“CIA’s arsenal includes numerous local and remote “zero days” developed by CIA or obtained from GCHQ, NSA, FBI or purchased from cyber arms contractors such as Baitshop. The disproportionate focus on iOS may be explained by the popularity of the iPhone among social, political, diplomatic and business elites.”
A similar unit targeted Android, with the leak revealing that the CIA had 24 ‘weaponised’ Android ‘zero days’ as of 2016.
The leak also revealed covert efforts to infect and control Microsoft users, with malware developed to target Windows. Many of the Windows infection efforts were pulled together by the CIA’s Automated Implant Branch, while the CIA’s Network Devices Branch targeted Internet infrastructure and webservers.
“The CIA has developed automated multi-platform malware attack and control systems covering Windows, Mac OS X, Solaris, Linux and more, such as EDB’s “HIVE” and the related “Cutthroat” and “Swindle” tools,” said WikiLeaks.
‘Year Zero’ has disclosed the vulnerability ‘hoarding’ which followed Edward Snowden’s NSA leaks. Instead of disclosing serious vulnerabilities, which had the backing of the Obama administration, the CIA instead hoarded them.
“Year Zero” documents show that the CIA breached the Obama administration’s commitments. Many of the vulnerabilities used in the CIA’s cyber arsenal are pervasive and some may already have been found by rival intelligence agencies or cyber criminals.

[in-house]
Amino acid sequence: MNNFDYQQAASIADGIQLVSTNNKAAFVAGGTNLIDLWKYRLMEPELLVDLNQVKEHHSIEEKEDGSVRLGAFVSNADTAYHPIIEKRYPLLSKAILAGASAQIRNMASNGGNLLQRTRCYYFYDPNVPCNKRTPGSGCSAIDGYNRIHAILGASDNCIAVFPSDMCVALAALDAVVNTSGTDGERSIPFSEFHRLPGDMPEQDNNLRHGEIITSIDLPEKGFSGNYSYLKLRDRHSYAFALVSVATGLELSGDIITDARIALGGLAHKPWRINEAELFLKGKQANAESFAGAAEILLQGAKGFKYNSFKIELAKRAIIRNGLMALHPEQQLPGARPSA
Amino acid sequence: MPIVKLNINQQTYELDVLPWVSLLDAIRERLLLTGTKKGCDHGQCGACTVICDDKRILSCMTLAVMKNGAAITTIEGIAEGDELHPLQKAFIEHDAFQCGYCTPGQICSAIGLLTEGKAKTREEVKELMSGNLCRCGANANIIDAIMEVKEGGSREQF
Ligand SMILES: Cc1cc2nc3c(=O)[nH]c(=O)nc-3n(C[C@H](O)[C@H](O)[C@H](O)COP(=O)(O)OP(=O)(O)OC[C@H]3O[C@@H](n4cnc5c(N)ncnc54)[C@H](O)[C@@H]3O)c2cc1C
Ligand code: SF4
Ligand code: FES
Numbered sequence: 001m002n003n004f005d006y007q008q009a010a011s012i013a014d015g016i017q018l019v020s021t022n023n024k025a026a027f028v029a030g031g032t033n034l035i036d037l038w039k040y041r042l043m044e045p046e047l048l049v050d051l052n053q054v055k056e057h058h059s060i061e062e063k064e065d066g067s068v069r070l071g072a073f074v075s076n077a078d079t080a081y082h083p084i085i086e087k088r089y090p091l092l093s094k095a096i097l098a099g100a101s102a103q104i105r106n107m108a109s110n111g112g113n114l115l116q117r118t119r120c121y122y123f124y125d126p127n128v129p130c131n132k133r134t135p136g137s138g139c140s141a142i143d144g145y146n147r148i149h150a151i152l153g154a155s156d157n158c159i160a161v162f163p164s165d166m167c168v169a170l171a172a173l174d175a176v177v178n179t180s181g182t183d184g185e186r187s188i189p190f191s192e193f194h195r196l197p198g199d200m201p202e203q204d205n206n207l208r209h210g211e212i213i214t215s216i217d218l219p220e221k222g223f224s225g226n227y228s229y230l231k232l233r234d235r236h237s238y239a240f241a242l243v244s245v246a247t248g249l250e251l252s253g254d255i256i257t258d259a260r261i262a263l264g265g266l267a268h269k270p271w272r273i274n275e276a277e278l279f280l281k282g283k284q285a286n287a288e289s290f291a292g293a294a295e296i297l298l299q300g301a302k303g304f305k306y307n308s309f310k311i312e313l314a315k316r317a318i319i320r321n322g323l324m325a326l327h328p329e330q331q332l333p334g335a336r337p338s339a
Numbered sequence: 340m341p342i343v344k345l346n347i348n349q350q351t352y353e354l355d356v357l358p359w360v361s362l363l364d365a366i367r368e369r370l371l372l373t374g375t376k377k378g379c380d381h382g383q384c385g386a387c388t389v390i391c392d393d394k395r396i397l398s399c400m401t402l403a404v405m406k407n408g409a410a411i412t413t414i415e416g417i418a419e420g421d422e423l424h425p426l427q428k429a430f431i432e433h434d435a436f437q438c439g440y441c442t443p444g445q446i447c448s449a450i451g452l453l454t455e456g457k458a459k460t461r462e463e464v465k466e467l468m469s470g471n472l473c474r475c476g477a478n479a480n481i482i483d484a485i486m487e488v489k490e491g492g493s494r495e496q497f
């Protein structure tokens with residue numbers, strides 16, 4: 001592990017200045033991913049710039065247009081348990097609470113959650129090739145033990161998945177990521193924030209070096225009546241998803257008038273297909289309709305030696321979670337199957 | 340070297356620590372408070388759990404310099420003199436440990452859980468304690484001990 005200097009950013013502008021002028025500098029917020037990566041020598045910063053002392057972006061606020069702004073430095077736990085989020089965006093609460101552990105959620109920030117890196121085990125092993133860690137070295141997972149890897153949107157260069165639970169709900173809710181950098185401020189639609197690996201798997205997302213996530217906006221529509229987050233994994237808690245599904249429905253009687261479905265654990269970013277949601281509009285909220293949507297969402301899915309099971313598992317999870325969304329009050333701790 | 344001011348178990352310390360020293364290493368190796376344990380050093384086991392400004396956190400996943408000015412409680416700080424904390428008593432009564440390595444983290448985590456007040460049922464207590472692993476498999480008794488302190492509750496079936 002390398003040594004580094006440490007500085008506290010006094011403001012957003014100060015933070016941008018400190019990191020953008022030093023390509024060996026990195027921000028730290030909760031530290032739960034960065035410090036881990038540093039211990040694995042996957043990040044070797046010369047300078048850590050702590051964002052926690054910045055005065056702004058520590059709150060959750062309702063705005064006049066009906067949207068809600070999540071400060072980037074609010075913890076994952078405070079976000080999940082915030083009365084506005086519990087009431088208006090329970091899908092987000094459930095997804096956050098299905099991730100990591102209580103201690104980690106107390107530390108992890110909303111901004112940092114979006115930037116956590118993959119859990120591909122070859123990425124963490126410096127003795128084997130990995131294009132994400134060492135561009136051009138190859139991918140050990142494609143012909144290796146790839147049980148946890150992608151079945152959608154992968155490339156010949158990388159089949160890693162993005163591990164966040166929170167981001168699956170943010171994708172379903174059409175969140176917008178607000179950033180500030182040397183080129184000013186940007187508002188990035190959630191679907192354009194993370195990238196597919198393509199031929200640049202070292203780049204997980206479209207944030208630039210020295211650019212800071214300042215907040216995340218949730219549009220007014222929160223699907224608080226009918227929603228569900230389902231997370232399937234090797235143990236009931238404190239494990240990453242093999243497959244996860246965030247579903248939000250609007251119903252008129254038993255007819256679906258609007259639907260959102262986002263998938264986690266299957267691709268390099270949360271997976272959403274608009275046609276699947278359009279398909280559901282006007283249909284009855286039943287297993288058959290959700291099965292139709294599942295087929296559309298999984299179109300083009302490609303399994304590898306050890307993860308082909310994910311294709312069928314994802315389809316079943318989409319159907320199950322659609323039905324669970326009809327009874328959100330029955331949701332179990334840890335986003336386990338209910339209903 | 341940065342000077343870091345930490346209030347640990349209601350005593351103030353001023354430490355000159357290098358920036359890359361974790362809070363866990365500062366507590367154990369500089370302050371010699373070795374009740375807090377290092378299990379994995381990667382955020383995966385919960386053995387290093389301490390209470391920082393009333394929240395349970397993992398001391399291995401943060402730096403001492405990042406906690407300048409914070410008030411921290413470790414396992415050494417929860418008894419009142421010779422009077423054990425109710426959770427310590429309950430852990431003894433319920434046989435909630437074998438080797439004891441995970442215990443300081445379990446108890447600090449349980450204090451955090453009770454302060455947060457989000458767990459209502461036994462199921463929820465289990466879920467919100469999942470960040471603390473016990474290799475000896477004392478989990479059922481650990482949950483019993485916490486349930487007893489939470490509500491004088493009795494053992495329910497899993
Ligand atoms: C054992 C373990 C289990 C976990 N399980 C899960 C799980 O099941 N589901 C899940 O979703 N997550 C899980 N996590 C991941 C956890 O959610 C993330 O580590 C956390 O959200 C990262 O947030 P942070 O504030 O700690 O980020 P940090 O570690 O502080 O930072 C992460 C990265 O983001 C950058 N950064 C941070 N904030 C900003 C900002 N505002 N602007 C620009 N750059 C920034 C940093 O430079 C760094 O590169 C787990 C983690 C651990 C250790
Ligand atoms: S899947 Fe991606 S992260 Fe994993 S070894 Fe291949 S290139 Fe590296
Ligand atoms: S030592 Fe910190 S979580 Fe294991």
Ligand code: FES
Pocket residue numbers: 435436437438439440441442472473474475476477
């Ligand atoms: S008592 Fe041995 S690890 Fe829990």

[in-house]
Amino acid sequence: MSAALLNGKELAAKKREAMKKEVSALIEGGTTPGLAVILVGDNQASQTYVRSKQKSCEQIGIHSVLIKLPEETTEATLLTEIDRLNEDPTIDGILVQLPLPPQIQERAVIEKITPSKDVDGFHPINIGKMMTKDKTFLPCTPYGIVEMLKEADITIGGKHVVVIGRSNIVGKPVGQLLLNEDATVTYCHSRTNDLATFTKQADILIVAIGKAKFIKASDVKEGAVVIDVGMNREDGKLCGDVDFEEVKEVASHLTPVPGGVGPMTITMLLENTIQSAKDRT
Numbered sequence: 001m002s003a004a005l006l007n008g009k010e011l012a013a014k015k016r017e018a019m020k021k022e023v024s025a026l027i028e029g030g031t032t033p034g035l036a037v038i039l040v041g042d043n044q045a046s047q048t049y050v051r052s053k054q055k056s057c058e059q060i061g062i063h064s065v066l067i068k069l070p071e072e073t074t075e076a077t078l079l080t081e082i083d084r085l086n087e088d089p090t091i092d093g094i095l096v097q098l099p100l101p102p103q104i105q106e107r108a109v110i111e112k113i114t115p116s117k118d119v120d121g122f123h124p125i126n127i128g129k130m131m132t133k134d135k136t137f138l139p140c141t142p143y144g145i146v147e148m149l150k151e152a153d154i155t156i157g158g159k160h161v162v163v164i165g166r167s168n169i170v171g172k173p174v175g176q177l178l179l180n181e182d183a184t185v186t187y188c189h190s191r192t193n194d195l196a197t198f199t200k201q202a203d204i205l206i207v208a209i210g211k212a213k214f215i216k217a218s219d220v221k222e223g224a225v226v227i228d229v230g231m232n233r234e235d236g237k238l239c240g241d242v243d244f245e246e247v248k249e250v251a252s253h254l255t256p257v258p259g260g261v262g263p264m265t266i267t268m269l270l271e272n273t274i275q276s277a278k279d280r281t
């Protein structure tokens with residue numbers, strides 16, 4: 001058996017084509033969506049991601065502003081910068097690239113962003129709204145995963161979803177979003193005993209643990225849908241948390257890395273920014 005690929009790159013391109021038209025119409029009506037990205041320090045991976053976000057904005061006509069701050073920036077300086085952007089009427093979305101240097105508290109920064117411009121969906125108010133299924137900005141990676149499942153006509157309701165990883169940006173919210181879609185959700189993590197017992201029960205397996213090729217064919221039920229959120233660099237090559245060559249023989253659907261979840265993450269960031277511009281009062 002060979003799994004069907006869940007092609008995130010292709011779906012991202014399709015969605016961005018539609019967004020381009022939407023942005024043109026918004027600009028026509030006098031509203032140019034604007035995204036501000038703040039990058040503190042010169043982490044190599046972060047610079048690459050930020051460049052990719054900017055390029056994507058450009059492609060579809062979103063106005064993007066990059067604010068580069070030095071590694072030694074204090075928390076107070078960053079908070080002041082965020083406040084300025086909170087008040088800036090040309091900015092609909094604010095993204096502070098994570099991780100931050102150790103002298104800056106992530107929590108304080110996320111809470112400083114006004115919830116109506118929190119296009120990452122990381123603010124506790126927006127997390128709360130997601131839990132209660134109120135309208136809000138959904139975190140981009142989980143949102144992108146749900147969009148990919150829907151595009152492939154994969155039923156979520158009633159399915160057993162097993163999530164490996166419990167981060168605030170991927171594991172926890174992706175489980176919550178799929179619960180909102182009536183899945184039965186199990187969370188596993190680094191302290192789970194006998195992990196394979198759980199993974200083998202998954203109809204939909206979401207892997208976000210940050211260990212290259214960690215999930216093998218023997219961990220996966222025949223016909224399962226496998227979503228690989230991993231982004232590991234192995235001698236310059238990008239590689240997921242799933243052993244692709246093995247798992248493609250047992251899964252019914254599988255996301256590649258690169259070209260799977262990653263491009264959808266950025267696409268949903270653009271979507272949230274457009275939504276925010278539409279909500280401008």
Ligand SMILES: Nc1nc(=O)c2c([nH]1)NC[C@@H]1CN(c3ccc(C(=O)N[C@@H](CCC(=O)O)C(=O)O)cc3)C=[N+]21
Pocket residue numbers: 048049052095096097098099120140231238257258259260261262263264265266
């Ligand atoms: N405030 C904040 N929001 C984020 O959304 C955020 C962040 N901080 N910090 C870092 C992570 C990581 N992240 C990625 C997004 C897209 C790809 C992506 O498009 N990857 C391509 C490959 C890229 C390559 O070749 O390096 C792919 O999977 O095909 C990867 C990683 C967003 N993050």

“As an example, specific CIA malware revealed in “Year Zero” is able to penetrate, infest and control both the Android phone and iPhone software that runs or has run presidential Twitter accounts. The CIA attacks this software by using undisclosed security vulnerabilities (“zero days”) possessed by the CIA but if the CIA can hack these phones then so can everyone else who has obtained or discovered the vulnerability. As long as the CIA keeps these vulnerabilities concealed from Apple and Google (who make the phones) they will not be fixed, and the phones will remain hackable.”
The leak also revealed that a US Consulate in Frankfurt is in fact a covert CIA hacker base. The CIA hackers who work in Frankfurt are given diplomatic passports and State Department cover. Once in Frankfurt, CIA hackers can travel with no further border checks across 25 European countries. What is key about this revelation is that a number of the CIA’s hacking techniques rely on physical proximity. In these cases, CIA spies actually infiltrate a workplace, with WikiLeaks giving an example:
“For example, the CIA attack system Fine Dining, provides 24 decoy applications for CIA spies to use. To witnesses, the spy appears to be running a program showing videos (e.g VLC), presenting slides (Prezi), playing a computer game (Breakout2, 2048) or even running a fake virus scanner (Kaspersky, McAfee, Sophos). But while the decoy application is on the screen, the underlaying system is automatically infected and ransacked.”
One of the final disclosures was that the CIA had unclassified its hacking tools, a move called by WikiLeaks as “one of the most astounding intelligence own goals in living memory.” Blaming the CIA for dramatically increasing the proliferation of risks, WikiLeaks said:
“The CIA made these systems unclassified.
“Why the CIA chose to make its cyberarsenal unclassified reveals how concepts developed for military use do not easily crossover to the ‘battlefield’ of cyber ‘war’.